Book Review: Transparency

Transparency, by Sonya Writes

[Note: This book was provided free of charge by the author in exchange for an honest review.]

Transparency is the next of a series of short novels (or long short stories) in the author’s fairy tales retold series [1]. This story was a hard one for me to read in many ways. Like most of the stories of the series, it is told about princes and kingdoms, where the fate of a realm (usually unspecified) depends on the wisdom and decency of young people acting in an upright and moral fashion, where strange gifts and dark plots intersect to make the quests of life, like the quest of courtship to find the right partner. All of these elements are ones that bring more than a little bit of stress and difficulty to my own life, and yet they are a major part of such fairy tales, which help demonstrate the enduring relevance of juvenile literature for adult life, because areas like trust and love remain important throughout one’s life.

Perhaps it is the plot and characters that make this story difficult. Adah is the daughter of a man and woman who waited a long time for a child, and was given a gift of discerning character, so long as no one knew about that gift. She made friends with a slightly less clever girl named Danya, and they grow up being a bit silly and adventuresome. Meanwhile, Prince Nathanael grows up far from home, and as a young adult is looking for a wife. Of course, he does so without a great deal of trust, and so he plots to disguise himself as a mere servant so as to know that anyone interested in him will not be a gold-digging conniving witch, while his servant Zared pretends to be prince. Of course, everything goes horribly wrong and Zared plots to take over the throne himself, even as Nathanael and Adah fall in love and Nathanael gets thrown in prison. One can imagine how this plot and characterization could be somewhat troubling.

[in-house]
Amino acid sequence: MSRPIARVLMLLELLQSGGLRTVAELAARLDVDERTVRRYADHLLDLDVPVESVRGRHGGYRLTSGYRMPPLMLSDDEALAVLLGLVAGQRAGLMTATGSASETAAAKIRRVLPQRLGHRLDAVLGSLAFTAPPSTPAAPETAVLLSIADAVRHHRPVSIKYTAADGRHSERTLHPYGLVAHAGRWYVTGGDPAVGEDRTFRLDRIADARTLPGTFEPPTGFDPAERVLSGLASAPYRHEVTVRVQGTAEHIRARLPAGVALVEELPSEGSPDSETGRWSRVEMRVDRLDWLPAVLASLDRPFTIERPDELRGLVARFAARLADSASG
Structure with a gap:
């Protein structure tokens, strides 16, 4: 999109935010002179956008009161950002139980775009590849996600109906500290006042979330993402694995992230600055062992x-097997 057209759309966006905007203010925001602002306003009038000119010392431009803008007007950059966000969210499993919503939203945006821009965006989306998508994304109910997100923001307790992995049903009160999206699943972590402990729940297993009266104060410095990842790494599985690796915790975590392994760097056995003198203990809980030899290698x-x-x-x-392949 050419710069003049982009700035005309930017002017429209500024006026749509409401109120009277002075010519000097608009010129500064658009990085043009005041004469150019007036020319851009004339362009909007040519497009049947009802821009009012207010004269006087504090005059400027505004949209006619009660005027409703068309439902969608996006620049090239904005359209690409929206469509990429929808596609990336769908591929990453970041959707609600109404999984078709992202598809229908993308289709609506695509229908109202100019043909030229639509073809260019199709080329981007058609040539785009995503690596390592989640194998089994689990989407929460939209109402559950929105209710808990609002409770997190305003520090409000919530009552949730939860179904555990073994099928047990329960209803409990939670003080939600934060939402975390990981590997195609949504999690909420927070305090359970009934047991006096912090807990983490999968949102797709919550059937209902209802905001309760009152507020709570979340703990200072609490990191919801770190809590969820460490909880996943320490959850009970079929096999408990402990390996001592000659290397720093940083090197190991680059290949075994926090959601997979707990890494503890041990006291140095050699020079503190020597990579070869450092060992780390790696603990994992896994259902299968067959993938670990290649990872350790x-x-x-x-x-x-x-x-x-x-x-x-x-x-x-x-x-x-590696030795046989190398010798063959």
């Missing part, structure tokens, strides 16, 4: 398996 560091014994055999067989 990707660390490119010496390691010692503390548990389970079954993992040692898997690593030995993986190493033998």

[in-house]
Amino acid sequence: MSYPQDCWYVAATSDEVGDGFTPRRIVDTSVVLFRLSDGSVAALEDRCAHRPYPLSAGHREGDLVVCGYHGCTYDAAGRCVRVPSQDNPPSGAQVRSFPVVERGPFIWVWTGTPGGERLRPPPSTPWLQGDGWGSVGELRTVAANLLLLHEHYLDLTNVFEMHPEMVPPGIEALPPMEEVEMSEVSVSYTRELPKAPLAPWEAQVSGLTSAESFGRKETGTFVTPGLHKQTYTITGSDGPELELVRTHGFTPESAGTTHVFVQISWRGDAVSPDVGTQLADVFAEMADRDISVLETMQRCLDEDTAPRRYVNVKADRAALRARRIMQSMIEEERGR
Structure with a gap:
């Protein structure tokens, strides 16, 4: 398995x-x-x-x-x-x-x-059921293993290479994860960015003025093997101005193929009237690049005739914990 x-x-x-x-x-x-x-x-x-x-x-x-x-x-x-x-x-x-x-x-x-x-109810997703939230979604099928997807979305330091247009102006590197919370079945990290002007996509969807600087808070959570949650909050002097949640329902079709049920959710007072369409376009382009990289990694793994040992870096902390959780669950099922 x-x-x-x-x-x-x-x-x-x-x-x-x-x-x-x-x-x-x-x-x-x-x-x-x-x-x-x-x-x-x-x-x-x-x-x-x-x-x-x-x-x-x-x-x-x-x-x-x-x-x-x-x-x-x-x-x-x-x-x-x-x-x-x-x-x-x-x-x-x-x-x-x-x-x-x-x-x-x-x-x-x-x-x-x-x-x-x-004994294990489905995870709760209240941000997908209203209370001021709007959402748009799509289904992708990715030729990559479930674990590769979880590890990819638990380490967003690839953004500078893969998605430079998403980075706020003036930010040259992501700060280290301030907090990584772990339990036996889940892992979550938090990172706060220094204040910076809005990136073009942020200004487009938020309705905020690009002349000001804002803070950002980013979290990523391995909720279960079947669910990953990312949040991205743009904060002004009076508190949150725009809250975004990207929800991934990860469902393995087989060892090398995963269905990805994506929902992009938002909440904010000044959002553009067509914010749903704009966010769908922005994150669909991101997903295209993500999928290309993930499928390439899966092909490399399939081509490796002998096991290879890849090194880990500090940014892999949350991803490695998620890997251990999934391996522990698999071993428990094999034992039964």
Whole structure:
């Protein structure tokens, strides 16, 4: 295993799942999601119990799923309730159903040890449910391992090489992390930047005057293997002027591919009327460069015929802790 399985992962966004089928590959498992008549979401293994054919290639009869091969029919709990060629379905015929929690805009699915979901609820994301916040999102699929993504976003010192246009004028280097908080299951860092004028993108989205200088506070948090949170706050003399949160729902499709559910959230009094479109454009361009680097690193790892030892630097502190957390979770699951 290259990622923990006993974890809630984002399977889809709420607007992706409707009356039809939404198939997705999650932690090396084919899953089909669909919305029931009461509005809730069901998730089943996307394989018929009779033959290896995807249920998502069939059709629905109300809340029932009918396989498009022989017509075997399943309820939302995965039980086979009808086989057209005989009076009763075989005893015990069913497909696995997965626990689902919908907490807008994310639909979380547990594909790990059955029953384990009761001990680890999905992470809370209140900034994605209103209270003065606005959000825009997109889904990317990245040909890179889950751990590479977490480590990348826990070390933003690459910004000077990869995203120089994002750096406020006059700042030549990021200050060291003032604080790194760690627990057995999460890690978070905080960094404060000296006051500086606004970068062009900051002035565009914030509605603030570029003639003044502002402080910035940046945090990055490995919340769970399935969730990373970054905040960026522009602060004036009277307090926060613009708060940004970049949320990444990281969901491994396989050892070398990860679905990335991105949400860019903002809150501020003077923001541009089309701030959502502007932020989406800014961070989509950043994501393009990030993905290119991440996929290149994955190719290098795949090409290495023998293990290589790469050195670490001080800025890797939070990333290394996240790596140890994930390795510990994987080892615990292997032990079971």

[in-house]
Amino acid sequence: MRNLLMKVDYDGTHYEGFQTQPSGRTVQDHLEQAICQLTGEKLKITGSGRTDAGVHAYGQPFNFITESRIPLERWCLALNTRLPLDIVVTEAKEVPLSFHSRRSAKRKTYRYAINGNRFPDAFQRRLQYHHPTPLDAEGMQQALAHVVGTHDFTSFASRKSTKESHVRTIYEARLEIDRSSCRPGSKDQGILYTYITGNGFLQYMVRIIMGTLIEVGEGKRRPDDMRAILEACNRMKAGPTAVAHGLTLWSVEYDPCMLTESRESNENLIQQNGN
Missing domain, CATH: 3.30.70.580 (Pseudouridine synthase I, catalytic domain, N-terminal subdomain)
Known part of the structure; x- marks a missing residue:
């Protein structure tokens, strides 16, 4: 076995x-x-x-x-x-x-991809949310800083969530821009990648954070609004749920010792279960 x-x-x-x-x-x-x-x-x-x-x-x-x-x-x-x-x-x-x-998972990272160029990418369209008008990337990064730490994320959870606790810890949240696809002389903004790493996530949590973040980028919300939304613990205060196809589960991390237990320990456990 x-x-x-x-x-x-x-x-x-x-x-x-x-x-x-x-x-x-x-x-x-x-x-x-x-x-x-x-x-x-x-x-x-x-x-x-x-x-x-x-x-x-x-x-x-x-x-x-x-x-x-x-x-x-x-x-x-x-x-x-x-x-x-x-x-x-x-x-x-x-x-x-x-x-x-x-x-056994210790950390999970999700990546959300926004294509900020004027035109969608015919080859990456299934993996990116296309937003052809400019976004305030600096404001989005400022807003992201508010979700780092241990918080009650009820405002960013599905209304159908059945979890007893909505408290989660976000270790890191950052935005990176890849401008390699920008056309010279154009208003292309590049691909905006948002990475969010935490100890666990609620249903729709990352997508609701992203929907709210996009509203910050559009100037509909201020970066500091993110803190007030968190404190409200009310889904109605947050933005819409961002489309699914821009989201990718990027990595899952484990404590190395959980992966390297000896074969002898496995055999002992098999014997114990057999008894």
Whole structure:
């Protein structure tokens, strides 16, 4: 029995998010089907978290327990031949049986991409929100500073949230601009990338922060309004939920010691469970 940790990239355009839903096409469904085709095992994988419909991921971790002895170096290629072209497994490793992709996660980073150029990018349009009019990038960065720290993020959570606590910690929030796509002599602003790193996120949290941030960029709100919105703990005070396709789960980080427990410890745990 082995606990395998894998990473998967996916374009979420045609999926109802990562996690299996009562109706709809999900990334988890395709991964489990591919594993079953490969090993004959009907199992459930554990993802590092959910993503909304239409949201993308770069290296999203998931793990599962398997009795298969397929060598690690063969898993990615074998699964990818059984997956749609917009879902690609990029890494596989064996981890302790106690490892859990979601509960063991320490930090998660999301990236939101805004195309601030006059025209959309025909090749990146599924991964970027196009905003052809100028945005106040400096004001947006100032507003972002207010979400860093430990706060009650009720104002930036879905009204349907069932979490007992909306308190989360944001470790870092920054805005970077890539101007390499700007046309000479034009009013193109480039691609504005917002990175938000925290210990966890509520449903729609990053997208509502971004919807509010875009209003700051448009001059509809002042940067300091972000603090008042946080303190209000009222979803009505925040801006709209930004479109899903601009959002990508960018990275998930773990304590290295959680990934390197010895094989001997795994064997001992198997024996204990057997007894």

As far as fairy tales retold go, this is one that strikes close to something that is realistically possible. Discerning characters, suspicion about lovers and potential lovers, disguise, plotting and conniving, and problems involving politics and romance are not unrealistic problems to deal with in life. As such, this is a book that even with its clear fairy tale genre elements strikes a realistic tone that is likely to be of interest to people who would not ordinarily think of themselves as fans of fairy tales. Some readers may even be likely to see a little bit of their own lives and struggles in the story. Perhaps that was not entirely unintentional, in writing a story that would be relatable to others, in ways that are not usually to be expected.

[1] See, for example:

About nathanalbright

I'm a person with diverse interests who loves to read. If you want to know something about me, just ask.
This entry was posted in Book Reviews, Christianity, Love & Marriage and tagged , , . Bookmark the permalink.

1 Response to Book Review: Transparency

  1. Pingback: Book Review: Flattery: A Frog Prince Story | Edge Induced Cohesion

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